This article was written by Will Osgood
The summer of 1934 was a scorcher in Chicago. It was one of the hottest summers in Chicago on record. But for Negro League All-Stars like Alex Radcliffe and Satchel Paige, who both grew up in Mobile, Alabama, it was nothing out of the ordinary.
Luckily for them, and for the fans attending the matchup of the best black baseball had to offer that season, the temperatures cooled slightly from the record-setting 105 of July 24, or the 100 on August 8.
The date August 26, 1934, didn’t show up on any Chicago weather records. As one observer put it, “Sunday was one of those perfect baseball days. Not a cloud in the sky to mar the perfect azure-blue of the heavens.”1
We know, however, that what the weather may have lacked in heat, the Negro League All-Star Game played at Comiskey Park made up for. That is to say, it was hotly contested.
Negro League All-Star Games weren’t played like the modern midsummer classic. Yes, it was an exhibition. Yet both teams wanted nothing more than to win. And the score showed it.
A pitcher’s duel if there ever was one. The East team won 1-0 on a run that crossed the plate in the next to last inning. The teams would have been willing and able to play extra innings if the score required it.
Cool Papa Bell made sure it was unnecessary, scoring the game’s only run in the top half of the eighth inning. Bell was known throughout the Negro Leagues as an excellent baserunner.
According to Ted “Double Duty” Radcliffe, Bell was “so fast, he’d run out of sight.”2 (Double Duty was the brother of Alex Radcliffe, who started at third base for the West team.)
Just how did Bell score? The way he often did. More specifically the way he was instructed to. In an interview at the Hall of Fame in 1996, Bell told journalists, “I was a long-ball hitter too. But they didn’t want me to hit no long balls. They wanted me to get on base.”
He was a reach-base artist extraordinaire, working counts, being a pest. But the pesky ways only got more annoying for opposing pitchers, catchers, and managers when Bell got on base. And that was most certainly the case in the eighth inning of this game.
Bell used that legendary speed to steal second on a swinging strikeout by Pittsburgh Crawfords catcher Cy Perkins. The pitcher who secured the strikeout was hometown pitcher Willie Foster of the Chicago American Giants.
As the third and final pitcher (following Ted Trent and Chet Brewer) used by West manager Dave Malarcher, Foster would take the loss in the contest. The man who drove Bell in and pinned the loss on Foster was Philadelphia Stars third baseman Jud Wilson, one of the least recognizable All-Stars in the game.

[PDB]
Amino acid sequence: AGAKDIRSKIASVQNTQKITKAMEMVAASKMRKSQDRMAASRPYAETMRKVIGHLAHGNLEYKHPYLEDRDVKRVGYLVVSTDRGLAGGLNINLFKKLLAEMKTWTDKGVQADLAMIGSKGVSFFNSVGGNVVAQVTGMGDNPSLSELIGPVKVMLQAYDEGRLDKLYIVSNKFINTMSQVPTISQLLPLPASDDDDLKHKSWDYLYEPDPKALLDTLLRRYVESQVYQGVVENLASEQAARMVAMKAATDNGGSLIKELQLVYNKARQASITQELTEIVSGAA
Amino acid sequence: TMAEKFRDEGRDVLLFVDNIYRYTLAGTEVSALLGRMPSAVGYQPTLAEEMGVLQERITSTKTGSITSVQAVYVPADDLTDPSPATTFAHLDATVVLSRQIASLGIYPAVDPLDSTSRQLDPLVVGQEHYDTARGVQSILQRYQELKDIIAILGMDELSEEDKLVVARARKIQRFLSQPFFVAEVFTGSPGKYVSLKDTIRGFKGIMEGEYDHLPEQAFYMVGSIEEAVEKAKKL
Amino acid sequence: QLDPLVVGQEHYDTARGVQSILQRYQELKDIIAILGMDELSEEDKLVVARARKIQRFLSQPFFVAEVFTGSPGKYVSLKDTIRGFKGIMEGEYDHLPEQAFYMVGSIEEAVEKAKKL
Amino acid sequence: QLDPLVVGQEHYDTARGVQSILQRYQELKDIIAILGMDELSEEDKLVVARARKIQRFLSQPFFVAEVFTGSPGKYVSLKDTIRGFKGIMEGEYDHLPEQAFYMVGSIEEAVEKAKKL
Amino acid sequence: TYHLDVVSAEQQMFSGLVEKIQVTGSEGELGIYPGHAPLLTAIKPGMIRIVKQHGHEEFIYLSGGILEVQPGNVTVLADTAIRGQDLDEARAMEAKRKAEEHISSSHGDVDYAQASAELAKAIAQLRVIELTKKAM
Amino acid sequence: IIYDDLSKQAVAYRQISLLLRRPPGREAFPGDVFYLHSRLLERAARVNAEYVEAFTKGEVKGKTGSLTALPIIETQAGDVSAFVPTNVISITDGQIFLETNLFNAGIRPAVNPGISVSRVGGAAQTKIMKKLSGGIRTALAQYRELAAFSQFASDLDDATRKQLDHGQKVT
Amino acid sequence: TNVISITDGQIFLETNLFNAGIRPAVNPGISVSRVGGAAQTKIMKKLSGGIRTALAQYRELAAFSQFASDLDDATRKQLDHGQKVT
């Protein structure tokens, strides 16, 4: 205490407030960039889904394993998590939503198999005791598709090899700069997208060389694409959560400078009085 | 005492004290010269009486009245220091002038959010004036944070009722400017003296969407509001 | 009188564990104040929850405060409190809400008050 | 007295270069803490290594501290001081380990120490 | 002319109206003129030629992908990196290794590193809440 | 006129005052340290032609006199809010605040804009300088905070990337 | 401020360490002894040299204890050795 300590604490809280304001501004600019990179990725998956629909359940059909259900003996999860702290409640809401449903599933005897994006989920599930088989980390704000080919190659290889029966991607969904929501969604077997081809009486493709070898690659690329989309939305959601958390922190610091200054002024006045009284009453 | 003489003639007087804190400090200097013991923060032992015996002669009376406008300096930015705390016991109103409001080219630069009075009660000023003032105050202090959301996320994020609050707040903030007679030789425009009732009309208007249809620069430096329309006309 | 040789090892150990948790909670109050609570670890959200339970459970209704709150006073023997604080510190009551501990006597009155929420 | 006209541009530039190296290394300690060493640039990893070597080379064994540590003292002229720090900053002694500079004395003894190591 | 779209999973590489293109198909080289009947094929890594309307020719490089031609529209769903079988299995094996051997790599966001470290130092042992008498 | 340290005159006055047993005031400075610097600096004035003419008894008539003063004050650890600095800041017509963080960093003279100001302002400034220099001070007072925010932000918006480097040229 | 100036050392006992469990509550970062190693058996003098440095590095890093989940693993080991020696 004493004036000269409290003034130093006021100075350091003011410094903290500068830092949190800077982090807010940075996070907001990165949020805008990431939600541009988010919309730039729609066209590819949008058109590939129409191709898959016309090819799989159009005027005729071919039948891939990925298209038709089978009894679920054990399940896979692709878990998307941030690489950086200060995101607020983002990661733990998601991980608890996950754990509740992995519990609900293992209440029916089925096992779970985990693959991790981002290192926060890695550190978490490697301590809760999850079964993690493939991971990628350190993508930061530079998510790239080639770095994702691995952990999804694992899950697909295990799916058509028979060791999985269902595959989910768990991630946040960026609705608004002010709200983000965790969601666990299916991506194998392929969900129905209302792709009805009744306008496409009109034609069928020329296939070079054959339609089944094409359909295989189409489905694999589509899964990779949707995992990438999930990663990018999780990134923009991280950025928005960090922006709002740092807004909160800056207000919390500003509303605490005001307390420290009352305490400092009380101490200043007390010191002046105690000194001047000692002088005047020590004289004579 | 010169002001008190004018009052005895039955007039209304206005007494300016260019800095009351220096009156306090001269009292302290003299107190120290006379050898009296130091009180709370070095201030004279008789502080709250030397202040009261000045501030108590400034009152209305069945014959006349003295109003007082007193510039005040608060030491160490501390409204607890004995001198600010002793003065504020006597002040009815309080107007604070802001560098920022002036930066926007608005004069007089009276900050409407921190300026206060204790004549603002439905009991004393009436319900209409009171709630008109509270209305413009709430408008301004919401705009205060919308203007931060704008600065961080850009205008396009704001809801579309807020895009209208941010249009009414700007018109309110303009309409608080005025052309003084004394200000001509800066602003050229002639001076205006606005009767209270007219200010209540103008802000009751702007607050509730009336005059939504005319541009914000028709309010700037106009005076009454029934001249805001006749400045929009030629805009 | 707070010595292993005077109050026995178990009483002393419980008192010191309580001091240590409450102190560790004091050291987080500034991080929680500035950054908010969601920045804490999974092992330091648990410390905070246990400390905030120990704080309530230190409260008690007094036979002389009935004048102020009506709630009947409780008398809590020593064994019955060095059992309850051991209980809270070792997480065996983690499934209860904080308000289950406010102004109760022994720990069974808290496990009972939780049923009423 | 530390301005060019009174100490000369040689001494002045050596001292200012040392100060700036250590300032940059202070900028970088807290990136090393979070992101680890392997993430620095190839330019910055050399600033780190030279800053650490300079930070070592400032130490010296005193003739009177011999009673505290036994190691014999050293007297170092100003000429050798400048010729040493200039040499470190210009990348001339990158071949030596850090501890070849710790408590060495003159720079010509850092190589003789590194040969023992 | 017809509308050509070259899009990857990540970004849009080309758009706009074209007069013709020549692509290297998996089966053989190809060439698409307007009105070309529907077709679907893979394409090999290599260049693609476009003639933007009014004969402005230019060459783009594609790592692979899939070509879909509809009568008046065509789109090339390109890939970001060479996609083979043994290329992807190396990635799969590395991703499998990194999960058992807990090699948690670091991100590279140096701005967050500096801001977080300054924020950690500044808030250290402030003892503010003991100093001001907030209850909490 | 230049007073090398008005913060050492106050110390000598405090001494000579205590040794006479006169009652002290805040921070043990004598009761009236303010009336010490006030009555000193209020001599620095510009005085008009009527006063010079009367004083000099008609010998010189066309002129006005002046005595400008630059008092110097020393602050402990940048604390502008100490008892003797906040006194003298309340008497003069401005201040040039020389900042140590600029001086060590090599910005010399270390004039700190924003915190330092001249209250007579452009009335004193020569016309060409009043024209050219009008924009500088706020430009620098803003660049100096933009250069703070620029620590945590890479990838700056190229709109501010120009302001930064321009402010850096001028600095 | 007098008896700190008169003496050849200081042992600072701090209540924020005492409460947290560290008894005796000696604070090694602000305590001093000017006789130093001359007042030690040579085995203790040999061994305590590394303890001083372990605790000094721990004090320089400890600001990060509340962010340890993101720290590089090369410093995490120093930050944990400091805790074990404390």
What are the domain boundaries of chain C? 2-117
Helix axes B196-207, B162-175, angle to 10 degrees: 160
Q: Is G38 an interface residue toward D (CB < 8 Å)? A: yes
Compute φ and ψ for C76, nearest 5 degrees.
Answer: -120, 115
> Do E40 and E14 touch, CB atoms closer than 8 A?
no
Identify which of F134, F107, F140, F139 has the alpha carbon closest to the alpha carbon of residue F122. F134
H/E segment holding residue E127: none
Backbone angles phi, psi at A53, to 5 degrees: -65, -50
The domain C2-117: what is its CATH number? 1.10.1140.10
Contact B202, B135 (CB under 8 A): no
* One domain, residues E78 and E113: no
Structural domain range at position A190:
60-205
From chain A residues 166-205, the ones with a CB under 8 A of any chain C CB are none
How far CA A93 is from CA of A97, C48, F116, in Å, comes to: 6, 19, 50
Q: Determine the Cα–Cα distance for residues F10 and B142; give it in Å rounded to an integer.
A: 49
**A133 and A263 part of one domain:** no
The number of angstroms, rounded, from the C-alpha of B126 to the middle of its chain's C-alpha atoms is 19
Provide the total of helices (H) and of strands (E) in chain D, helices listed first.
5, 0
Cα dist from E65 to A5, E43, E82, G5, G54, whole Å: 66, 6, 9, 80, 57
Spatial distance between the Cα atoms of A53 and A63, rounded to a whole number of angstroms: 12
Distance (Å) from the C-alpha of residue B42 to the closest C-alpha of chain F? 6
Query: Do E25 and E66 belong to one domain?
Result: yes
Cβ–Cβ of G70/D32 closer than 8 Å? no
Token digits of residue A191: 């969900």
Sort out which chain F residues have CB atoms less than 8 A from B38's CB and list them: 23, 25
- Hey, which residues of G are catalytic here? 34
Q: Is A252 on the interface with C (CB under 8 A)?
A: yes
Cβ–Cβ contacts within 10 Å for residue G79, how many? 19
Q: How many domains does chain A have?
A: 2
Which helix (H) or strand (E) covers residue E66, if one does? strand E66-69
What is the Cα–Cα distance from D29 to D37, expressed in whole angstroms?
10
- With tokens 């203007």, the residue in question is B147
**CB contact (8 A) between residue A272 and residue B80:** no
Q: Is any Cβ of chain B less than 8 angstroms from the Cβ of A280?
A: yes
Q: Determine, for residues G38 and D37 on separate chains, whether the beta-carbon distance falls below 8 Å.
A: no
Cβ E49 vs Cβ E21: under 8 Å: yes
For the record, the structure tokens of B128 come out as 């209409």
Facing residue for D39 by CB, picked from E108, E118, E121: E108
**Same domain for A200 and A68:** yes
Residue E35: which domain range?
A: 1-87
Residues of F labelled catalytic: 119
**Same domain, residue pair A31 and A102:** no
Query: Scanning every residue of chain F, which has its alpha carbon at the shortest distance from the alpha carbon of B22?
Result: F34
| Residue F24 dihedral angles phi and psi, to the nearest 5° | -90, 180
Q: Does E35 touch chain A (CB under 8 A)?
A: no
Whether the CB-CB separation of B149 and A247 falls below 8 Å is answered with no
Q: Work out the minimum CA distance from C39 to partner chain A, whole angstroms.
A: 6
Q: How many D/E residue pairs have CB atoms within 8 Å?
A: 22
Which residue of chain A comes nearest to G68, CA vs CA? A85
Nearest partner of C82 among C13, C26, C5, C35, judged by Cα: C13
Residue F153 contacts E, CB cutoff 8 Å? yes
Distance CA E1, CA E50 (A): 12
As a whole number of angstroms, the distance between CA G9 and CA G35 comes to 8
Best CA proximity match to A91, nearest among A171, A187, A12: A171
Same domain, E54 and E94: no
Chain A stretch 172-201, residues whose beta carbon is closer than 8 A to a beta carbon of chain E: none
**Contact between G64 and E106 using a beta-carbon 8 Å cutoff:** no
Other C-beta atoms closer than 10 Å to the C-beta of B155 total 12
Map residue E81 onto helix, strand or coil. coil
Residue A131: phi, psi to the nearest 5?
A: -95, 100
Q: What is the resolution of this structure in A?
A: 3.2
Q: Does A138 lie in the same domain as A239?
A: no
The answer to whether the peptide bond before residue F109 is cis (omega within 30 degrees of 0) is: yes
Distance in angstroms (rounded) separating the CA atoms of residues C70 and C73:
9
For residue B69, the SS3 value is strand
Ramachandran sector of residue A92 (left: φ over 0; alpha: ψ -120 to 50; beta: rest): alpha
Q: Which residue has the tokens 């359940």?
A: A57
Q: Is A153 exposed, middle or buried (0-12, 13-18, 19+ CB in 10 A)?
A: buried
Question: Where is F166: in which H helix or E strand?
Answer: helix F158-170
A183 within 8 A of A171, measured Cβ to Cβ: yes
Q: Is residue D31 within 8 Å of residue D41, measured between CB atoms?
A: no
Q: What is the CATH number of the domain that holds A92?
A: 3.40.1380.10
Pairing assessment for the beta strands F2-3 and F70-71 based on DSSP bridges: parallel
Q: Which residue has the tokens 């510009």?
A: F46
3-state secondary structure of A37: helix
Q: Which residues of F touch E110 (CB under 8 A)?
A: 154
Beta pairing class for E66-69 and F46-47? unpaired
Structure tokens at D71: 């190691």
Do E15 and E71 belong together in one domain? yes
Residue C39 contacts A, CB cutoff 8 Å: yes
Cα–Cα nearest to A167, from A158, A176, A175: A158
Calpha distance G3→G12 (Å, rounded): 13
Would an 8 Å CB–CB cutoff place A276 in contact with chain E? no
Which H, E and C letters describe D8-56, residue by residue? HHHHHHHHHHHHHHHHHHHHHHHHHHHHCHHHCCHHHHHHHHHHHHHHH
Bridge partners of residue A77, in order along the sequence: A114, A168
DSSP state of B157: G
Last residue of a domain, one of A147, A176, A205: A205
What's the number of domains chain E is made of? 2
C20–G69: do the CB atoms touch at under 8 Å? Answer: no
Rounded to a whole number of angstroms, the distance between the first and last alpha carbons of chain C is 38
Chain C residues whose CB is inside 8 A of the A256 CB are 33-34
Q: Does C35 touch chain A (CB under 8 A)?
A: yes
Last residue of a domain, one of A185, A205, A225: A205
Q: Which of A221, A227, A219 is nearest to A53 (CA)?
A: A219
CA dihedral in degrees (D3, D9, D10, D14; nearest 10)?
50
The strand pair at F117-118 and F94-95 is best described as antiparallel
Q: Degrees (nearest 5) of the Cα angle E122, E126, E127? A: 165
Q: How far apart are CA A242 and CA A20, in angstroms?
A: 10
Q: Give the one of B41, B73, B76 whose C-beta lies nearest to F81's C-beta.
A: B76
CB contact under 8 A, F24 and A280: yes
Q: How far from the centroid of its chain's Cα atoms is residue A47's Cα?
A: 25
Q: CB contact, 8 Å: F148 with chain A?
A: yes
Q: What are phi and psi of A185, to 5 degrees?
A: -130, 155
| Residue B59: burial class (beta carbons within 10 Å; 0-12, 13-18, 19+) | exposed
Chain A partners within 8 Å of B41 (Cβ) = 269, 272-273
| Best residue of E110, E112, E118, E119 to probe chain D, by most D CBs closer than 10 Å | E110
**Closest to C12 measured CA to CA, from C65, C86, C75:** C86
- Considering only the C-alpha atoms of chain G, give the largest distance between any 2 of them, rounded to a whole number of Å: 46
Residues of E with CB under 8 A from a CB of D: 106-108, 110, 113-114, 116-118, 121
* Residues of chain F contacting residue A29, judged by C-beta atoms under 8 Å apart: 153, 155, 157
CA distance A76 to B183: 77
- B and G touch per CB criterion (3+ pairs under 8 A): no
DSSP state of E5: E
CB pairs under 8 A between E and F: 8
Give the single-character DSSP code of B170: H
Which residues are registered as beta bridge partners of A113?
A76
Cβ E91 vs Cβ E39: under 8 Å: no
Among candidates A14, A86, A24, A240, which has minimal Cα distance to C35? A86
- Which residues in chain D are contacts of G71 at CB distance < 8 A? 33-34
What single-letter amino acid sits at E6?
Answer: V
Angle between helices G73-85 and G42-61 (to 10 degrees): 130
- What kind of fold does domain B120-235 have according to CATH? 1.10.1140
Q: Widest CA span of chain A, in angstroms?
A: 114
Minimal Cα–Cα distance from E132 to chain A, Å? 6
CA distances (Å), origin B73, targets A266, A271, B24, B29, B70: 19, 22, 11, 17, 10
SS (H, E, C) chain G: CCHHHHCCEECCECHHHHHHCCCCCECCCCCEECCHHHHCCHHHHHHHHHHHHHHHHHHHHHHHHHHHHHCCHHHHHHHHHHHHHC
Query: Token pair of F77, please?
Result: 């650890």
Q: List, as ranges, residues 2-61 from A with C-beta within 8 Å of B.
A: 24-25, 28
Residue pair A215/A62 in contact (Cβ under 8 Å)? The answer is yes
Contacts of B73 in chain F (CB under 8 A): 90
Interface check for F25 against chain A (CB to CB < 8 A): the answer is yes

Wilson’s Philadelphia Stars would go on to win the 1934 Negro League championship, defeating the Chicago American Giants, the team’s only championship. Perhaps the way he collected the winning hit in this game was a hint of what was to come.
With Bell attracting so much attention at second base, Wilson looped a ball into a Bermuda Triangle made up of West shortstop Willie Wells, second baseman Sammy T. Hughes, and center fielder Turkey Stearnes.
There were two outs when Wilson put wood on the ball, after Pittsburgh first baseman Oscar Charleston lined out. Thus Bell was running at the crack of the bat, making his successfully crossing home plate a certainty, bordering on an afterthought.
The big news was that Wilson would play the role of hero in a game with stars like the aforementioned Wells, Charleston, Stearnes, and Josh Gibson. But it should be noted that Wilson was batting cleanup for the East. If anyone was to bring in the run, Wilson was responsible, hitting in the game’s traditional power spot in the batting order.
Though the Negro Leagues played a slightly different style of baseball than the white professional leagues, it still held to traditional lineup construction and overall roster composition. Wilson was second in vote-getting among East position players, so he was not quite as unlikely a hero as his name recognition, or lack thereof, might suggest.
Then again, it is not as if Wilson was the only hero in the East team’s victory. Credit must also be shared by the three pitchers used by East manager Dick Lundy (who doubled as the starting shortstop). Slim Jones from Philadelphia was the starter.
His day got off to an inauspicious start as he walked the leadoff hitter Wells, and then balked him to second. He quickly settled down, though, retiring Alex Radcliffe, Turkey Stearnes, and Chicago first baseman Mule Suttles.